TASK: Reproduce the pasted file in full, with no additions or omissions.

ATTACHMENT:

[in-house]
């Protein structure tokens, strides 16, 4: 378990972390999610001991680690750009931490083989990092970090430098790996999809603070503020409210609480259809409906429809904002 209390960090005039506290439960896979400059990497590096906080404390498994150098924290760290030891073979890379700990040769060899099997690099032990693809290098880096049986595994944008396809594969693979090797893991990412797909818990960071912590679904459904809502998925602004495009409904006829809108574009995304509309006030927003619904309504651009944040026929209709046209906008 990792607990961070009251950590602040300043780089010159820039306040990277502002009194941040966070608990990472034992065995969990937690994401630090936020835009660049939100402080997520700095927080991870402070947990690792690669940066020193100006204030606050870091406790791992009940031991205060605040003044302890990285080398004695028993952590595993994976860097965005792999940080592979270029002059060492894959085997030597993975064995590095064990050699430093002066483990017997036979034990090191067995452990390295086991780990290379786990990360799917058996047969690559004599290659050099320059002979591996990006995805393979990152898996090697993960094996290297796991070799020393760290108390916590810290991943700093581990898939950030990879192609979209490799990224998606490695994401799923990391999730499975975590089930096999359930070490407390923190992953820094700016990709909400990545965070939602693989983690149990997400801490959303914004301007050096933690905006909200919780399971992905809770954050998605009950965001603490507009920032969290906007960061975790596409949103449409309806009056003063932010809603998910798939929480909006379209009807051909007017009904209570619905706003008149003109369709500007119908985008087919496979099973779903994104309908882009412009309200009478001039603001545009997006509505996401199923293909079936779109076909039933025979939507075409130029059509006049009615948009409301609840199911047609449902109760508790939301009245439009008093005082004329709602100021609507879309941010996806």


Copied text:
[in-house]
């Protein structure tokens, strides 16, 4: 378990972390999610001991680690750009931490083989990092970090430098790996999809603070503020409210609480259809409906429809904002 209390960090005039506290439960896979400059990497590096906080404390498994150098924290760290030891073979890379700990040769060899099997690099032990693809290098880096049986595994944008396809594969693979090797893991990412797909818990960071912590679904459904809502998925602004495009409904006829809108574009995304509309006030927003619904309504651009944040026929209709046209906008 990792607990961070009251950590602040300043780089010159820039306040990277502002009194941040966070608990990472034992065995969990937690994401630090936020835009660049939100402080997520700095927080991870402070947990690792690669940066020193100006204030606050870091406790791992009940031991205060605040003044302890990285080398004695028993952590595993994976860097965005792999940080592979270029002059060492894959085997030597993975064995590095064990050699430093002066483990017997036979034990090191067995452990390295086991780990290379786990990360799917058996047969690559004599290659050099320059002979591996990006995805393979990152898996090697993960094996290297796991070799020393760290108390916590810290991943700093581990898939950030990879192609979209490799990224998606490695994401799923990391999730499975975590089930096999359930070490407390923190992953820094700016990709909400990545965070939602693989983690149990997400801490959303914004301007050096933690905006909200919780399971992905809770954050998605009950965001603490507009920032969290906007960061975790596409949103449409309806009056003063932010809603998910798939929480909006379209009807051909007017009904209570619905706003008149003109369709500007119908985008087919496979099973779903994104309908882009412009309200009478001039603001545009997006509505996401199923293909079936779109076909039933025979939507075409130029059509006049009615948009409301609840199911047609449902109760508790939301009245439009008093005082004329709602100021609507879309941010996806």